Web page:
EU: Israeli settlement building entrenching one-state reality

“These developments, alongside a number of other related actions taken in recent months, seriously undermine the viability of a negotiated two-state solution and the prospects for a lasting peace."

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June 1, 2018 21:40
2 minute read.
A general view of houses in the Israeli settlement of Maale Adumim in the West Bank

A general view of houses in the Israeli settlement of Maale Adumim in the West Bank. (photo credit: AMMAR AWAD / REUTERS)

 
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Israeli settlement building is forcing a one-state resolution to the Israeli-Palestinian conflict, the European Union warned Thursday evening in response to the advancement of plans for 1,958 settler homes this week.

“These developments, alongside a number of other related actions taken in recent months, seriously undermine the viability of a negotiated two-state solution and the prospects for a lasting peace,” the EU said.

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“This issue has been raised directly with the Israeli authorities,” it added.

Last week Prime Minister Benjamin Netanyahu and Defense Minister Avigdor Liberman pledged to advance and approve 3,900 new settler units.

On Wednesday the Higher Planning Council for Judea and Samaria finalized plans for 696 and advanced plans for 1,262 homes, according to calculations done by the left-wing group Peace Now.

Out of those, 45% are located outside the route of the security barrier in what is known as isolated settlements.

The approvals include the authorization of the Zayit Raanan outpost, as a new neighborhood of the Talmon settlement.



Also on the list are final approvals for 92 units in the Kfar Adumim settlements. The homes will be located about a kilometer away from the unauthorized Beduin village of Khan Al Ahmar.

The High Court of Justice ruled last move that the village must be relocated.

It’s expected that outside of the approvals from the Higher Planning Council, the Construction Ministry will issue tenders for at least 1,400 more homes.

The EU was particularly upset over the decision to raze Khan Al Ahmar while constructing settler homes nearby.

“Building new settlements for Israelis while demolishing Palestinian homes in the same area will only further entrench a one-state reality of unequal rights, perpetual occupation and conflict,” the EU said.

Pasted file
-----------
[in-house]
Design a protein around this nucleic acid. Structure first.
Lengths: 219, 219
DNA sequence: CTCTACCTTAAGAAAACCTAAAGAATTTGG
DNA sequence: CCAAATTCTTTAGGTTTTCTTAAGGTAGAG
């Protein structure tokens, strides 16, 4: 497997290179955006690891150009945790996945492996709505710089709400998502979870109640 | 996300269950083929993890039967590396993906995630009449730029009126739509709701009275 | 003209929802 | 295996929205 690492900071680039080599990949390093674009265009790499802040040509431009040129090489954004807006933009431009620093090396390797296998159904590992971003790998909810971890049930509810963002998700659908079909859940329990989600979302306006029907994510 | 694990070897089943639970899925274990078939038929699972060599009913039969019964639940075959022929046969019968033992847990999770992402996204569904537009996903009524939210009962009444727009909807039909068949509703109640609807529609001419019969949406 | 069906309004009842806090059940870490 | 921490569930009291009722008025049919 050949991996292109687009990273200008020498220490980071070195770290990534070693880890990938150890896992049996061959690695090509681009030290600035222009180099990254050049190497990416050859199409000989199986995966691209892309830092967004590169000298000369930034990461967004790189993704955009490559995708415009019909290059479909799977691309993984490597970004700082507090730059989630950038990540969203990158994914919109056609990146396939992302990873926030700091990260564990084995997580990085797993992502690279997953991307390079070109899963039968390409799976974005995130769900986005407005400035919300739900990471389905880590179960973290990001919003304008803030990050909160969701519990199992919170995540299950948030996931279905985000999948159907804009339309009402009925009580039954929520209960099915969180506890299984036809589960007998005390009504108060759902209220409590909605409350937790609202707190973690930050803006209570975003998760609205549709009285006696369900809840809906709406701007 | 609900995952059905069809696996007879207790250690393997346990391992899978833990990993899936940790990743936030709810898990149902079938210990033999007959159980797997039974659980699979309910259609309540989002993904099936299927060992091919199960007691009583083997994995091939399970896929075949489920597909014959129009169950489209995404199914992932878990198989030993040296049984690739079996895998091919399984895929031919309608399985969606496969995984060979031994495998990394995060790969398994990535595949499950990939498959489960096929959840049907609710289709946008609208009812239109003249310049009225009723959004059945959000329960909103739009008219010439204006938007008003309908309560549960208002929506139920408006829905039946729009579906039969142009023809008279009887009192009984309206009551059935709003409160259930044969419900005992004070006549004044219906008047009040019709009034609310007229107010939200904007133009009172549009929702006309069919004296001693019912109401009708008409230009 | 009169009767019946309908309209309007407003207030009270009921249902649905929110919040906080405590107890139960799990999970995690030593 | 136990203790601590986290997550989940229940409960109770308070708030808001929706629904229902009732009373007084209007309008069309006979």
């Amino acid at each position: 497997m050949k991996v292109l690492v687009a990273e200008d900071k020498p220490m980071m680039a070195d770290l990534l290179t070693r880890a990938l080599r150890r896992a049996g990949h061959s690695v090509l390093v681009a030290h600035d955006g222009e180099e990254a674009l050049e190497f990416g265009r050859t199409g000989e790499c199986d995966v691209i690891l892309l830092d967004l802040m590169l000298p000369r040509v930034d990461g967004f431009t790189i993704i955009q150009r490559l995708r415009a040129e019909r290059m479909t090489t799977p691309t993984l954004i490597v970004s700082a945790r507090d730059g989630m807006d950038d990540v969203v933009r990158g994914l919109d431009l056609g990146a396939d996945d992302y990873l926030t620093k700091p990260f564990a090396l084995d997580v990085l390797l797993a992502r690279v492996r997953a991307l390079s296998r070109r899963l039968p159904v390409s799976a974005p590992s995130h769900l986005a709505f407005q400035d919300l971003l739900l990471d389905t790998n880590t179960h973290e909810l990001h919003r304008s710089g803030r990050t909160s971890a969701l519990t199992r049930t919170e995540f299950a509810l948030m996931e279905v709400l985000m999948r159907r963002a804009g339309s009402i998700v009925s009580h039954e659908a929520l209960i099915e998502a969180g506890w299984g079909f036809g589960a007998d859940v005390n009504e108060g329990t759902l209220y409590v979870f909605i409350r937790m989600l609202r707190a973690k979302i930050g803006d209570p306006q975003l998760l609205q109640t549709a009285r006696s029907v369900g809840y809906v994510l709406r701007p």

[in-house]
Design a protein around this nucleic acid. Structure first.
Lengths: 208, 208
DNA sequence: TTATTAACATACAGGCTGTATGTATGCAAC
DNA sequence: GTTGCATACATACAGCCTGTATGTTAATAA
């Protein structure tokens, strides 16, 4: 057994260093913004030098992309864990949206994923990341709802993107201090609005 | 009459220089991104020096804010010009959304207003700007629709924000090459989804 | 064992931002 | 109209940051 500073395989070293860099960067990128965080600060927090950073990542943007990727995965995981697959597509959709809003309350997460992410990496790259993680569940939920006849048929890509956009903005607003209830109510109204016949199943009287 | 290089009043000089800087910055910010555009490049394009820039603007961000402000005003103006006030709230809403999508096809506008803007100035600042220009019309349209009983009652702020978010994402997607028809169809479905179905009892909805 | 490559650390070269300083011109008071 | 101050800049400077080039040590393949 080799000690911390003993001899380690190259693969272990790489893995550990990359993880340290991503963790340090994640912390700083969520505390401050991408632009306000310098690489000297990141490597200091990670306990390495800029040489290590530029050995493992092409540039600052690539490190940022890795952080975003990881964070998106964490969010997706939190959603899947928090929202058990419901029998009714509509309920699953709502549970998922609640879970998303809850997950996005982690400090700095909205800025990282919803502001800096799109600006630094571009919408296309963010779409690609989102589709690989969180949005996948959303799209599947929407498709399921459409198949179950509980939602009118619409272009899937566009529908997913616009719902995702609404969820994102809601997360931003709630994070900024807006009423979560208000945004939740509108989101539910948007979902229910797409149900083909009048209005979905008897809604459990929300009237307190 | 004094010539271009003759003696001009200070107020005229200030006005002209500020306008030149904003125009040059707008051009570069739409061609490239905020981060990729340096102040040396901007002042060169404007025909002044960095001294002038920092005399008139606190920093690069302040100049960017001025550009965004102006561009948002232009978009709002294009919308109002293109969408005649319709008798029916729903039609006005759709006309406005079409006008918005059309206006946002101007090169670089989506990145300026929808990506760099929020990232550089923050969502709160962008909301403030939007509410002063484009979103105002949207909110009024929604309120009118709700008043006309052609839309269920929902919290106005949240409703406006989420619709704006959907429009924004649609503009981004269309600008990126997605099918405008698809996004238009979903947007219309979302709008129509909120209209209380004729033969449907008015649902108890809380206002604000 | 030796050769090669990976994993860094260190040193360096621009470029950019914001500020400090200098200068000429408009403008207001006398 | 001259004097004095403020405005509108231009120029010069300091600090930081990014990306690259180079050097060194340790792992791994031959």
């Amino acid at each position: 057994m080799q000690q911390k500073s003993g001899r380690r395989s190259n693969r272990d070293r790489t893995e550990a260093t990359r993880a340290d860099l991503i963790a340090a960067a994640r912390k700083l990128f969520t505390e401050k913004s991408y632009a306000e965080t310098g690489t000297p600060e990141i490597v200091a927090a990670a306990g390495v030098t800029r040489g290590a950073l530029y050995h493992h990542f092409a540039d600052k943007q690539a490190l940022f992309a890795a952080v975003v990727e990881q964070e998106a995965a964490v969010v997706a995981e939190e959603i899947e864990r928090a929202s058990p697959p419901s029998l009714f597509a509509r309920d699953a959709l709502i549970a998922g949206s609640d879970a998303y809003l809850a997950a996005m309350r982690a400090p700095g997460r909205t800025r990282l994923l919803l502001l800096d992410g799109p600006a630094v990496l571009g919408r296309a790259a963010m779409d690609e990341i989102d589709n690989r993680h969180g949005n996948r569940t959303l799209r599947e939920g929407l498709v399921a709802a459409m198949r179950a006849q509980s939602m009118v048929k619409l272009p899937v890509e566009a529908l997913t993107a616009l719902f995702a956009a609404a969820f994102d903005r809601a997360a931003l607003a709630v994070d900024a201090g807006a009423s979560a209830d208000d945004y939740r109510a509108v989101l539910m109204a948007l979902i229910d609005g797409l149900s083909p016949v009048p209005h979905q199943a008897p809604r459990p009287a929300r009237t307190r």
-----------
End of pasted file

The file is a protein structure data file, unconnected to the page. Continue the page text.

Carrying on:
“In line with our long-standing position on Israel’s settlement policy, illegal under international law, and actions taken in that context, such as forced transfers, evictions, demolitions and confiscations of homes, the EU expects the Israeli authorities to reconsider and reverse these decisions,” the EU said.

Gush Etzion Regional Council head Shlomo Ne’eman welcomed the approvals but said that more building is needed and called on the government to remove all restrictions on building in Judea and Samaria.

“We need a lot more [homes]! We will continue to submit more and more plans. We will continue to build, we will continue to develop Gush Etzion, and we will work toward full sovereignty,” he said.

Mount Hebron Regional Council head Yochai Damri issued a jubilant message in which he thanked the Higher Planning Council for approving a master plan for the settlement of Negahot, some 20 years after the creation of the community.

He also welcomed the decision to expand the communities in his region, where permits have been few and far between.

“Today, more than ever, even the Left understands that our presence here provides security for Israeli citizens,” Damri said.

Peace Now also spoke of the harm done to the two-state solution by these plans.

“It is precisely the number of settlers in the settlements that is crucial, since ultimately Israel’s biggest challenge in a two-state agreement is the evacuation of tens of thousands of people,” Peace Now explained.

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